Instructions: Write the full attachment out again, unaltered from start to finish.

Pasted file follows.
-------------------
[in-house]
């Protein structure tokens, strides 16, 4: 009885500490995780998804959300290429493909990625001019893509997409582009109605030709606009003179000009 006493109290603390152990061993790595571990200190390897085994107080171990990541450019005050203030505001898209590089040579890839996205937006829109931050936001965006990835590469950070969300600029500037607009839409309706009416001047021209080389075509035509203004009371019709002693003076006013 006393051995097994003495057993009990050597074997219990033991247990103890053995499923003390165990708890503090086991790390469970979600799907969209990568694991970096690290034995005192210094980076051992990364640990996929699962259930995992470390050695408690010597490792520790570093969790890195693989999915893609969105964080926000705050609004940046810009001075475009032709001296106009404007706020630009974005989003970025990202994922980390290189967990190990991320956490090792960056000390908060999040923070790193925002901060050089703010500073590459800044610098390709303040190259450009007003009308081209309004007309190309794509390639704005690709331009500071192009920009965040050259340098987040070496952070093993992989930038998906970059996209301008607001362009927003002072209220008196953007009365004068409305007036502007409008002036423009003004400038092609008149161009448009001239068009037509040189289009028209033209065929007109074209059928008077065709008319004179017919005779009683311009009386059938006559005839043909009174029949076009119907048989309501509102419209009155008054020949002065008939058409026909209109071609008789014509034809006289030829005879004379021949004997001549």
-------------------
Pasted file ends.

[in-house]
């Protein structure tokens, strides 16, 4: 009885500490995780998804959300290429493909990625001019893509997409582009109605030709606009003179000009 006493109290603390152990061993790595571990200190390897085994107080171990990541450019005050203030505001898209590089040579890839996205937006829109931050936001965006990835590469950070969300600029500037607009839409309706009416001047021209080389075509035509203004009371019709002693003076006013 006393051995097994003495057993009990050597074997219990033991247990103890053995499923003390165990708890503090086991790390469970979600799907969209990568694991970096690290034995005192210094980076051992990364640990996929699962259930995992470390050695408690010597490792520790570093969790890195693989999915893609969105964080926000705050609004940046810009001075475009032709001296106009404007706020630009974005989003970025990202994922980390290189967990190990991320956490090792960056000390908060999040923070790193925002901060050089703010500073590459800044610098390709303040190259450009007003009308081209309004007309190309794509390639704005690709331009500071192009920009965040050259340098987040070496952070093993992989930038998906970059996209301008607001362009927003002072209220008196953007009365004068409305007036502007409008002036423009003004400038092609008149161009448009001239068009037509040189289009028209033209065929007109074209059928008077065709008319004179017919005779009683311009009386059938006559005839043909009174029949076009119907048989309501509102419209009155008054020949002065008939058409026909209109071609008789014509034809006289030829005879004379021949004997001549």